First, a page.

Aluminum retention in a man-made Sphagnum wetland.

Runoff from a highway interchange in western Maryland had Al concentrations averaging about 50 mg L-1, with a maximum of 206 mg L-1. As an alternative to expensive chemical treatment of this Al-rich water, in August 1984, the drainage was diverted through a 500 m2 man-made wetland, constructed from organic peat. For a 10 week period, Al concentrations in water leaving the wetland averaged 1.5 mg L-1. as compared to Al concentrations at the two major inflows to the wetland of 35.3 and 6.6 mg L-1. However, effective treatment of the drainage by the wetland was not observed over the entire 27 mo sampling period. Peat chemical analysis indicated that over the 27 mo, total Al concentration in the peat increased from 2375 g g-1 to 13 634 g g-1. Of this increase 5.5 % was contributed by exchangeable Al, 4.3% by adsorbed Al, 39.8% by organically bound Al, 33.1% by oxide bound Al, and 17.2% by precipitated and residual Al. Changes in Fe, Mn, Ca, Mg, K, and Na chemistry in the peat associated with Al retention are discussed.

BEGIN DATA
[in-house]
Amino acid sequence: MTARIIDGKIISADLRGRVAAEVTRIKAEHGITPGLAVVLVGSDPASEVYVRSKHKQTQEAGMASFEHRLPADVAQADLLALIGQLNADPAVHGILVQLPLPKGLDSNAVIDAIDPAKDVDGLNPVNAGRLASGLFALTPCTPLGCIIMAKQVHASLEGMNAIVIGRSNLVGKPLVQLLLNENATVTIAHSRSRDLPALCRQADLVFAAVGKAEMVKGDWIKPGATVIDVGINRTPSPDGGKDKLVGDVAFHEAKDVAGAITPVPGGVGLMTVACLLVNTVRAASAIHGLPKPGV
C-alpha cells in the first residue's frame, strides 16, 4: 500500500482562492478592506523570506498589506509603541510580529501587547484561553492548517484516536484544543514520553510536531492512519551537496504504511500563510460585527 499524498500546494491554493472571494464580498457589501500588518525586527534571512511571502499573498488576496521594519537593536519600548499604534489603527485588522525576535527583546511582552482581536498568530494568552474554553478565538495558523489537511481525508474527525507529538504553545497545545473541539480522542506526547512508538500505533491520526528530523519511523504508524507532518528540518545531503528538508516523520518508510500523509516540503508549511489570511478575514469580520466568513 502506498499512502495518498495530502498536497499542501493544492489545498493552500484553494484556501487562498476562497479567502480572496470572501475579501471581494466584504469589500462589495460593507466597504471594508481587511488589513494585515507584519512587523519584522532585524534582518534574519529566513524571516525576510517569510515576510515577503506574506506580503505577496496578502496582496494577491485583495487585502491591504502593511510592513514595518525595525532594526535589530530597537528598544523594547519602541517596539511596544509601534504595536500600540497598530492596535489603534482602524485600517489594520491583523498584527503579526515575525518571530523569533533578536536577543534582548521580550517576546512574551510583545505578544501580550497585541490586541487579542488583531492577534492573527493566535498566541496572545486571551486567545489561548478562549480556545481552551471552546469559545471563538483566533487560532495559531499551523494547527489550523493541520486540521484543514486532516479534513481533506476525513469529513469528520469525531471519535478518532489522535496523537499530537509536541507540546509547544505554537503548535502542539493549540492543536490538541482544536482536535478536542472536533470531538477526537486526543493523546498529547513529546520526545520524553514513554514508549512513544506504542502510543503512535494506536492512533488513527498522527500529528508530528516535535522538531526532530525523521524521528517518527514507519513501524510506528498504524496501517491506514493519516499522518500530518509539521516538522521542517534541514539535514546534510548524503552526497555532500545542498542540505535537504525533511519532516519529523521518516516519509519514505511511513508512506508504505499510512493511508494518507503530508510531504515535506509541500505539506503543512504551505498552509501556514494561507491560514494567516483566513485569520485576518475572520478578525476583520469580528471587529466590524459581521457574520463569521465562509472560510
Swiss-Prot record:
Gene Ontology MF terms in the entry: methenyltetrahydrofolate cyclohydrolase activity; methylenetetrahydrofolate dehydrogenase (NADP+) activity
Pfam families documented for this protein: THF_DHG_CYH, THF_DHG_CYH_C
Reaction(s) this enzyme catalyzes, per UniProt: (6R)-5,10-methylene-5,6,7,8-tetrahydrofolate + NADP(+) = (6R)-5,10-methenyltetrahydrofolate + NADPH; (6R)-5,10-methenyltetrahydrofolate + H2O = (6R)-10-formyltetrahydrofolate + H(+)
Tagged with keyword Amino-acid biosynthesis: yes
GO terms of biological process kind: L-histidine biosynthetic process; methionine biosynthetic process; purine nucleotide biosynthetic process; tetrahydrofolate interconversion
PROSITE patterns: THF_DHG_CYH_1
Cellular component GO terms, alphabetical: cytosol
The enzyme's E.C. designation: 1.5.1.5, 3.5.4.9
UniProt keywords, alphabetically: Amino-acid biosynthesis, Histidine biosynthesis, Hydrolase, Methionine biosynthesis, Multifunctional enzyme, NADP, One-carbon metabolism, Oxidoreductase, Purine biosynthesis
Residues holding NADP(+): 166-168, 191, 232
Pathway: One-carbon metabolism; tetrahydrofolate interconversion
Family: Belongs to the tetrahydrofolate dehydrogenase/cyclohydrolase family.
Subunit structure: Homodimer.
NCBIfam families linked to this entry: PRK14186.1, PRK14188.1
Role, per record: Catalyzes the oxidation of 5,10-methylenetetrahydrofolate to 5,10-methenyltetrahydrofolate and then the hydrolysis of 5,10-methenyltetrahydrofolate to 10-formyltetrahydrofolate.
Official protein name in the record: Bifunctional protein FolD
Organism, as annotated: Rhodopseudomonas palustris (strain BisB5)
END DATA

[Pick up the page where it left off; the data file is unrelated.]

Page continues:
Main Author: Wieder, R Kelman.
Other Authors: Heston, Katherine., O'Hara, Ellen., Lang, Gerald., Whitehouse, Alfred., Hett, Jack.
Format: Villanova Faculty Authorship
Language: English
Published: 1987
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